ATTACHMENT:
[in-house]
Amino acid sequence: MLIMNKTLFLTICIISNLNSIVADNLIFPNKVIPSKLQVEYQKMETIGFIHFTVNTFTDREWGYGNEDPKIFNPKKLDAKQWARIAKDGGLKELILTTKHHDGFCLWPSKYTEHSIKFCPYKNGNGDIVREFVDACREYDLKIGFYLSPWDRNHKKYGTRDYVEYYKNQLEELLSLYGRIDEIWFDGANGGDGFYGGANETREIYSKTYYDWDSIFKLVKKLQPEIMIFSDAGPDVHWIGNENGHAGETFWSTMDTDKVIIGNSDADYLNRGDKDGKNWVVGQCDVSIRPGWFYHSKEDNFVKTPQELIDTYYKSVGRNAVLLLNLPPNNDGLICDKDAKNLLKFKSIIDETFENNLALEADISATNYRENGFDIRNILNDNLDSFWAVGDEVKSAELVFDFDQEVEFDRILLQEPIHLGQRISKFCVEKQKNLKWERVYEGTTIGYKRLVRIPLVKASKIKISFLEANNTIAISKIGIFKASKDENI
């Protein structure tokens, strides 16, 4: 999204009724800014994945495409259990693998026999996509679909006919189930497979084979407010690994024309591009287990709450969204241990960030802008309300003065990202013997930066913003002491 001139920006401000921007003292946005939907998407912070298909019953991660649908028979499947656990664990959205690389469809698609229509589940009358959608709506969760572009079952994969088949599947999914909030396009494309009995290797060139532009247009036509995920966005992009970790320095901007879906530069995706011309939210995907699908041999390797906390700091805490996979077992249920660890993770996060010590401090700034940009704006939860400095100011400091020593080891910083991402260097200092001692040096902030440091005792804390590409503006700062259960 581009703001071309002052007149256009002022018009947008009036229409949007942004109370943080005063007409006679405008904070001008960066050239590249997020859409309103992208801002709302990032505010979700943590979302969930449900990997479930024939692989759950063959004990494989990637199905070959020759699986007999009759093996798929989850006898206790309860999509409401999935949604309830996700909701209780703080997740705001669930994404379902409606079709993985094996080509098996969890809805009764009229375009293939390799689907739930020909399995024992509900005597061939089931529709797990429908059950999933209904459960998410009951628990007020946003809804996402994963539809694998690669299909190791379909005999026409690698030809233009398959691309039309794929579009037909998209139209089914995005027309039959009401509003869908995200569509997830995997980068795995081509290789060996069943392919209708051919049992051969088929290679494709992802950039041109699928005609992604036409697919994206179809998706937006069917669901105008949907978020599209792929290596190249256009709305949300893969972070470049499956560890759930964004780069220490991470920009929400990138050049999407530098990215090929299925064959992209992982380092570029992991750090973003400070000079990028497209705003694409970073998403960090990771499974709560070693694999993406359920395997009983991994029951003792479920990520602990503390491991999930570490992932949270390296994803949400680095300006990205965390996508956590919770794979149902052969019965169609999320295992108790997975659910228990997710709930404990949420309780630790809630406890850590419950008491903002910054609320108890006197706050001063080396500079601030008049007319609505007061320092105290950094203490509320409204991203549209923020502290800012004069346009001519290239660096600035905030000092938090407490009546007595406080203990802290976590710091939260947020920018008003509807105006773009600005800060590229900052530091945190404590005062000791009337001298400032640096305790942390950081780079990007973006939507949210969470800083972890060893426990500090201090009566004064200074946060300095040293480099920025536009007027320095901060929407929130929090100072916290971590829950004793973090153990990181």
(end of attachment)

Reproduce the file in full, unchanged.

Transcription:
[in-house]
Amino acid sequence: MLIMNKTLFLTICIISNLNSIVADNLIFPNKVIPSKLQVEYQKMETIGFIHFTVNTFTDREWGYGNEDPKIFNPKKLDAKQWARIAKDGGLKELILTTKHHDGFCLWPSKYTEHSIKFCPYKNGNGDIVREFVDACREYDLKIGFYLSPWDRNHKKYGTRDYVEYYKNQLEELLSLYGRIDEIWFDGANGGDGFYGGANETREIYSKTYYDWDSIFKLVKKLQPEIMIFSDAGPDVHWIGNENGHAGETFWSTMDTDKVIIGNSDADYLNRGDKDGKNWVVGQCDVSIRPGWFYHSKEDNFVKTPQELIDTYYKSVGRNAVLLLNLPPNNDGLICDKDAKNLLKFKSIIDETFENNLALEADISATNYRENGFDIRNILNDNLDSFWAVGDEVKSAELVFDFDQEVEFDRILLQEPIHLGQRISKFCVEKQKNLKWERVYEGTTIGYKRLVRIPLVKASKIKISFLEANNTIAISKIGIFKASKDENI
């Protein structure tokens, strides 16, 4: 999204009724800014994945495409259990693998026999996509679909006919189930497979084979407010690994024309591009287990709450969204241990960030802008309300003065990202013997930066913003002491 001139920006401000921007003292946005939907998407912070298909019953991660649908028979499947656990664990959205690389469809698609229509589940009358959608709506969760572009079952994969088949599947999914909030396009494309009995290797060139532009247009036509995920966005992009970790320095901007879906530069995706011309939210995907699908041999390797906390700091805490996979077992249920660890993770996060010590401090700034940009704006939860400095100011400091020593080891910083991402260097200092001692040096902030440091005792804390590409503006700062259960 581009703001071309002052007149256009002022018009947008009036229409949007942004109370943080005063007409006679405008904070001008960066050239590249997020859409309103992208801002709302990032505010979700943590979302969930449900990997479930024939692989759950063959004990494989990637199905070959020759699986007999009759093996798929989850006898206790309860999509409401999935949604309830996700909701209780703080997740705001669930994404379902409606079709993985094996080509098996969890809805009764009229375009293939390799689907739930020909399995024992509900005597061939089931529709797990429908059950999933209904459960998410009951628990007020946003809804996402994963539809694998690669299909190791379909005999026409690698030809233009398959691309039309794929579009037909998209139209089914995005027309039959009401509003869908995200569509997830995997980068795995081509290789060996069943392919209708051919049992051969088929290679494709992802950039041109699928005609992604036409697919994206179809998706937006069917669901105008949907978020599209792929290596190249256009709305949300893969972070470049499956560890759930964004780069220490991470920009929400990138050049999407530098990215090929299925064959992209992982380092570029992991750090973003400070000079990028497209705003694409970073998403960090990771499974709560070693694999993406359920395997009983991994029951003792479920990520602990503390491991999930570490992932949270390296994803949400680095300006990205965390996508956590919770794979149902052969019965169609999320295992108790997975659910228990997710709930404990949420309780630790809630406890850590419950008491903002910054609320108890006197706050001063080396500079601030008049007319609505007061320092105290950094203490509320409204991203549209923020502290800012004069346009001519290239660096600035905030000092938090407490009546007595406080203990802290976590710091939260947020920018008003509807105006773009600005800060590229900052530091945190404590005062000791009337001298400032640096305790942390950081780079990007973006939507949210969470800083972890060893426990500090201090009566004064200074946060300095040293480099920025536009007027320095901060929407929130929090100072916290971590829950004793973090153990990181």